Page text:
Monthly Archives: January 2016

On the Origins of Chemophobia – Part 1

800px-the_earth_seen_from_apollo_17
“The Blue Marble” is a famous photograph of the Earth taken on December 7, 1972, by the crew of the Apollo 17 spacecraft en route to the Moon.

The rise of the environmental movement is most often attributed to the publication of Rachel Carson’s Silent Spring in 1962, which demonised chemicals as it introduced them to the public:

“Chemicals are the sinister and little-recognised partners of radiation entering into living organisms, passing from one to another in a chain of poisoning and death” – Rachel Carson’s Silent Spring, 1962

Later that decade, the Apollo missions and the six moon landings between 1969 and 1972 gave us a new perspective of planet Earth that was so profound that we felt a sudden compulsion to protect its natural beauty. Watch Neil deGrasse Tyson argue this point below.

In 1970, we are still going to the moon, we are still going until 1972, so watch these sequence of events. In 1970, the comprehensive Clean Air Act is passed… Earth Day was birthed in March 1970. The EPA was founded in 1970… Doctors Without Borders was founded in 1971… DDT gets banned in 1972, and we are still going to the moon. We’re still looking back at Earth. The clean water act 1971, 1972 the endangered species act, the catalytic converted gets put in in 1973, and unleaded gas gets introduced in 1973… That is space operating on our culture and you cannot even put a price on that. – Neil deGrasse Tyson in April 2012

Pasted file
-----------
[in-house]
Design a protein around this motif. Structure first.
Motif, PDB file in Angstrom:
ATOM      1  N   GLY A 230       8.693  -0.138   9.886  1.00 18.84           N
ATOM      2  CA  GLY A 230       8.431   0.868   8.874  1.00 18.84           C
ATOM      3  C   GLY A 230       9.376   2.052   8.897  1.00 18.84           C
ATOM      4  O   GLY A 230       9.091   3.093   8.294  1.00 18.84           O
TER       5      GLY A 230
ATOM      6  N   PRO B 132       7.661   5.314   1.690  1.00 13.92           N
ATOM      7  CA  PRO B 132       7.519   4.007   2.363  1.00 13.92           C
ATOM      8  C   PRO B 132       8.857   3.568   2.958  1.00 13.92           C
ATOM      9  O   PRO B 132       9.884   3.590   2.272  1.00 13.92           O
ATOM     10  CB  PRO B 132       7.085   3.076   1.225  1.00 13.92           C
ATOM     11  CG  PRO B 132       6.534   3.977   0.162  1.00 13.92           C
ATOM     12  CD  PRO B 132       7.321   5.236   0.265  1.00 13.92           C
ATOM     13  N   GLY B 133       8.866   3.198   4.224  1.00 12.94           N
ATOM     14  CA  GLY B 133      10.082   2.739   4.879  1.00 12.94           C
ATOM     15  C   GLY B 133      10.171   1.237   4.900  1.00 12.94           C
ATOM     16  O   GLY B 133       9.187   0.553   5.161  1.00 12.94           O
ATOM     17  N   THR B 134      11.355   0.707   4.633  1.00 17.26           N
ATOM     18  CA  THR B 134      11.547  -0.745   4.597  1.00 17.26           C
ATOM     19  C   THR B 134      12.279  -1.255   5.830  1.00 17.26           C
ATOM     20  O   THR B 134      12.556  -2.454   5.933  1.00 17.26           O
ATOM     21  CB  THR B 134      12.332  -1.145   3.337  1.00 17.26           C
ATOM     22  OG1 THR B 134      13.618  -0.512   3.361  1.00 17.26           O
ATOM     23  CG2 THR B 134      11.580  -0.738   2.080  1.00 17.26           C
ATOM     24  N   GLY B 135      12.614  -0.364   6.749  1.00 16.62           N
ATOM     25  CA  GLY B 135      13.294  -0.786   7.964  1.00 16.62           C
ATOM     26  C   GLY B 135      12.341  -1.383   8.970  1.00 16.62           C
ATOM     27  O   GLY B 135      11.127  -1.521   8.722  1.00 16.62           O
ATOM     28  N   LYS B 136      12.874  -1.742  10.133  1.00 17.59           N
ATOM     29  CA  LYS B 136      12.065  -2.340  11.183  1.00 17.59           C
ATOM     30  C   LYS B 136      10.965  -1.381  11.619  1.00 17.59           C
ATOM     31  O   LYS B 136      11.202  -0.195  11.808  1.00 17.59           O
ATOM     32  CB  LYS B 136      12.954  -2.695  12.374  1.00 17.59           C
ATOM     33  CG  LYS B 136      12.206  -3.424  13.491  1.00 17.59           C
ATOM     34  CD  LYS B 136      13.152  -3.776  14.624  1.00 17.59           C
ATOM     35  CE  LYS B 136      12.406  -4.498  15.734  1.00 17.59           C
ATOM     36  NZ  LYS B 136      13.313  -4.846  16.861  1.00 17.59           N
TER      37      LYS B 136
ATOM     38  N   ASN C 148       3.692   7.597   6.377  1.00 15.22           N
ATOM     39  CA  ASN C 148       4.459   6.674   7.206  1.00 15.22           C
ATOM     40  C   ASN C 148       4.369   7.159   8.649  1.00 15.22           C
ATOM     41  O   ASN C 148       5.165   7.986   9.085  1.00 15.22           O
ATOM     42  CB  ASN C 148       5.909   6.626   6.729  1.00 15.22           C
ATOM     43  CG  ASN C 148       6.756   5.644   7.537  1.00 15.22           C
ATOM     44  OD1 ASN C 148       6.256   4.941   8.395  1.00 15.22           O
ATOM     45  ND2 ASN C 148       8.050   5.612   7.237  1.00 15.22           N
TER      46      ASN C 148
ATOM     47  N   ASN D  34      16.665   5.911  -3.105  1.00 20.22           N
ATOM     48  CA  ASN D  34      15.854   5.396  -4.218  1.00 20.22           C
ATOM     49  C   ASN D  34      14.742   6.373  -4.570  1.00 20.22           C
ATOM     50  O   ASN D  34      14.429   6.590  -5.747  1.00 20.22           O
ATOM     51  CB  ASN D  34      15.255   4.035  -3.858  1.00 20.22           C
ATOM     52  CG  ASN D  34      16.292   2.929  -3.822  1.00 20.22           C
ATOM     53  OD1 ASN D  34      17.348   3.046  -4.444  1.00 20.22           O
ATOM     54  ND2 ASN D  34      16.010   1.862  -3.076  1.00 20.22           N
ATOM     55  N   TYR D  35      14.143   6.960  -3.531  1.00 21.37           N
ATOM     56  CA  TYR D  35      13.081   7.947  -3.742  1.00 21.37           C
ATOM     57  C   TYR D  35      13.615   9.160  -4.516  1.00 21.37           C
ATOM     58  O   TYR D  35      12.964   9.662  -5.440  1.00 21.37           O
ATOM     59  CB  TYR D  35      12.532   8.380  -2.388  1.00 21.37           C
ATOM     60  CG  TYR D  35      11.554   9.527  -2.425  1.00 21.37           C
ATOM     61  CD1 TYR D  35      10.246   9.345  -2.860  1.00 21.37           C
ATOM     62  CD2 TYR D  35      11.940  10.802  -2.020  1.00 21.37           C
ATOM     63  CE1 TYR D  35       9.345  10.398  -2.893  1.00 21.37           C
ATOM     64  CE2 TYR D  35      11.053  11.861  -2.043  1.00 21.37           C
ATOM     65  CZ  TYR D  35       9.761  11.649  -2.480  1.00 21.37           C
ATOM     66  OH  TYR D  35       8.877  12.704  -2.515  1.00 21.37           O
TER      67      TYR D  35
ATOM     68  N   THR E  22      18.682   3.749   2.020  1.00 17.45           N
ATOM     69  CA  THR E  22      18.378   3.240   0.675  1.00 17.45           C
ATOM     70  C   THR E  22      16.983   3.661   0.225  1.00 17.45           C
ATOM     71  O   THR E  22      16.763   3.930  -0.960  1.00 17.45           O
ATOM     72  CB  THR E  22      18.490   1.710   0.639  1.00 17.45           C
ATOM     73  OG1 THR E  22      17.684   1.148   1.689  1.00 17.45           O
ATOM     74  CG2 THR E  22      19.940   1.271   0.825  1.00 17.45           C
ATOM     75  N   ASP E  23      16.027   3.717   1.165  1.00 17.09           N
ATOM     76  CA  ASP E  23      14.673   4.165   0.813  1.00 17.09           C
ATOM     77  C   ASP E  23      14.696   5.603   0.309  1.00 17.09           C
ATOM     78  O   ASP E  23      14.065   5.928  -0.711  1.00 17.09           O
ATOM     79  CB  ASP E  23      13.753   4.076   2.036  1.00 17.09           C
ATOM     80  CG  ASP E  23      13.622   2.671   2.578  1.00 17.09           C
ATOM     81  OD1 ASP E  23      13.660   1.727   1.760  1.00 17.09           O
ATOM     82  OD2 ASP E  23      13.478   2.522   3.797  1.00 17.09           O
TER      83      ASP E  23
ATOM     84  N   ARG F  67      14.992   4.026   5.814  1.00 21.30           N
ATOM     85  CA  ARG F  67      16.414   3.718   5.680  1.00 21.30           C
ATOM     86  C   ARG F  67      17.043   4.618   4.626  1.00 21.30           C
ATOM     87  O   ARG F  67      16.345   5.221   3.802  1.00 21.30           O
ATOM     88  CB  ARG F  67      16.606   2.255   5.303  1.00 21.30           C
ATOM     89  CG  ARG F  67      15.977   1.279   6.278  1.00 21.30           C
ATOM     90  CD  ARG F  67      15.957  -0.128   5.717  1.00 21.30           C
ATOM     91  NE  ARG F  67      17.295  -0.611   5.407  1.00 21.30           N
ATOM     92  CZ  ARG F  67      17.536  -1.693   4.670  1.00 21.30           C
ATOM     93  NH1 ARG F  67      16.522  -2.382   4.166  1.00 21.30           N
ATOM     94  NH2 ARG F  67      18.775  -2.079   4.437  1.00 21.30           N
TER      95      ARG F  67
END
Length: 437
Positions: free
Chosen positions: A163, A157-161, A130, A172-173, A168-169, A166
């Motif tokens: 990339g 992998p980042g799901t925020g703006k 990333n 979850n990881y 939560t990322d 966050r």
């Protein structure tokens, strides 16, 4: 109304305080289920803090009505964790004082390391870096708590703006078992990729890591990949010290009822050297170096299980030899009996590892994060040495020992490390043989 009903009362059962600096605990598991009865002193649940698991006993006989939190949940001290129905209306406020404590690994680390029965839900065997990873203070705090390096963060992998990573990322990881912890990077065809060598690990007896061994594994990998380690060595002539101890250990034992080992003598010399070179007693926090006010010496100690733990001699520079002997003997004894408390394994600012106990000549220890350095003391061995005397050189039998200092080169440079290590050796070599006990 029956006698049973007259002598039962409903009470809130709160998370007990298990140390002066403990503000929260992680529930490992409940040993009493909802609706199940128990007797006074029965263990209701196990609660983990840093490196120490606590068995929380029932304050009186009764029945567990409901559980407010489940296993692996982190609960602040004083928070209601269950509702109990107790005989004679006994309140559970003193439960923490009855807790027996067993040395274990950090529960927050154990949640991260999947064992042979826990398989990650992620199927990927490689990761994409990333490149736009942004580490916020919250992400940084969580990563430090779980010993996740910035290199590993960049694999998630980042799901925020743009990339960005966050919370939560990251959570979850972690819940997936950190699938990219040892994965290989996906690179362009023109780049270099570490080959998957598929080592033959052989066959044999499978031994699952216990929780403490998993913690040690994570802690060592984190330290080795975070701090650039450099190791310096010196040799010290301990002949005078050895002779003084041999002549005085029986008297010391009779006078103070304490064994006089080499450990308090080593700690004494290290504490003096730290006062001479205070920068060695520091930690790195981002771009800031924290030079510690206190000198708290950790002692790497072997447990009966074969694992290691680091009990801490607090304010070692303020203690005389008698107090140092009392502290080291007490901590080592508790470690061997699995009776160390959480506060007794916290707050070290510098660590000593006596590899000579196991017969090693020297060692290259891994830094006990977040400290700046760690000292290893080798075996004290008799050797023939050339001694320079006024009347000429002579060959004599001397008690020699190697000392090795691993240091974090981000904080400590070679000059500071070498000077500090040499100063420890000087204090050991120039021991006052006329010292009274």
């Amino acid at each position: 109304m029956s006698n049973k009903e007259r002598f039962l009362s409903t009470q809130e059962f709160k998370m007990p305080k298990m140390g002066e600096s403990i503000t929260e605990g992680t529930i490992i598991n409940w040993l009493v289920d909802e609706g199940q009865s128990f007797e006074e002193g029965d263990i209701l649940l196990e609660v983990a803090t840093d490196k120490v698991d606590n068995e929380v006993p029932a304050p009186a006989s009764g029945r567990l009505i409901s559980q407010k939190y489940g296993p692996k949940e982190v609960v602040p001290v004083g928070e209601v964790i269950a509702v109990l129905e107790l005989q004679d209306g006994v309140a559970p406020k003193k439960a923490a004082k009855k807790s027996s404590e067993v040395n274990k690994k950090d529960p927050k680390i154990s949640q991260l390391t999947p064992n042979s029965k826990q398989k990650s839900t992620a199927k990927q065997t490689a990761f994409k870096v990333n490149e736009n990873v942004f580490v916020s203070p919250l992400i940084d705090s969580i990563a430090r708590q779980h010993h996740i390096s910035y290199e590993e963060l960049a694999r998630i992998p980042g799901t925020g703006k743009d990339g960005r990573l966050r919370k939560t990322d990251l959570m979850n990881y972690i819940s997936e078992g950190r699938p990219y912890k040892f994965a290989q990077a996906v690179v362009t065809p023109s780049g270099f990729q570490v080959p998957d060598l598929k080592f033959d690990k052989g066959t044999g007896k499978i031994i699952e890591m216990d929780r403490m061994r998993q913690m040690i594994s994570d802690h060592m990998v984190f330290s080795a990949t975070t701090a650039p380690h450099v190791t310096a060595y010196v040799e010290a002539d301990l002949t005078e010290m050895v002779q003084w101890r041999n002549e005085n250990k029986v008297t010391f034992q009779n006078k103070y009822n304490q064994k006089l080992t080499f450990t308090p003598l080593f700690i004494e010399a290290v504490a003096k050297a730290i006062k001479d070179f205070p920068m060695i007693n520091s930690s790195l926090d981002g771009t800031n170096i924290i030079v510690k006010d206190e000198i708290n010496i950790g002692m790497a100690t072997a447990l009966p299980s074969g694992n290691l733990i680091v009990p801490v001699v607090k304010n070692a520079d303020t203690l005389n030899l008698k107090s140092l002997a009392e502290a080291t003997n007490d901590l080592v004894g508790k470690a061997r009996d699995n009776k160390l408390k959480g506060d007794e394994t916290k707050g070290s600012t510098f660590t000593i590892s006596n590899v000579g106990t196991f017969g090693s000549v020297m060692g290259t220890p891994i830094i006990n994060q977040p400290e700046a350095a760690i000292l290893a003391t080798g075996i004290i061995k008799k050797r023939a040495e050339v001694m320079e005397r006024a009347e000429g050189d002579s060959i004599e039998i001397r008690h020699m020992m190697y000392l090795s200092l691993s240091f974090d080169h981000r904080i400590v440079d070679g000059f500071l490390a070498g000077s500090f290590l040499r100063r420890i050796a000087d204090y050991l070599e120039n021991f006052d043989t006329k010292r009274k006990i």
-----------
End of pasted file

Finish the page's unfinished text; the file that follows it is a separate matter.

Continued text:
Together, Rachel Carson and the Apollo missions made the public in Western countries quickly aware of the Earth and its natural beauty. Humans were portrayed as selfish destructors of a planet that was supposedly most ‘beautiful’ when in its ‘natural’ state. The field of toxicology was spawned in wake of this concern, and had the goal of analysing the toxicity of different chemicals on humans and the environment. As the first edition of Human and Experimental Toxicology stated:

“Politicians cannot be expected to come to rational and acceptable decisions without adequate impartial and objective information, and toxicologists have grave responsibilities to produce such information”. – Human and Experimental Toxicology

While the field of toxicology accumulated a wealth of scientific evidence about ‘chemicals’, this evidence largely hasn’t trickled down to the public and certainly hasn’t allayed their fears. There remains a lingering skepticism about chemicals, especially artificial chemicals, which some people still feel are more harmful than those found in nature.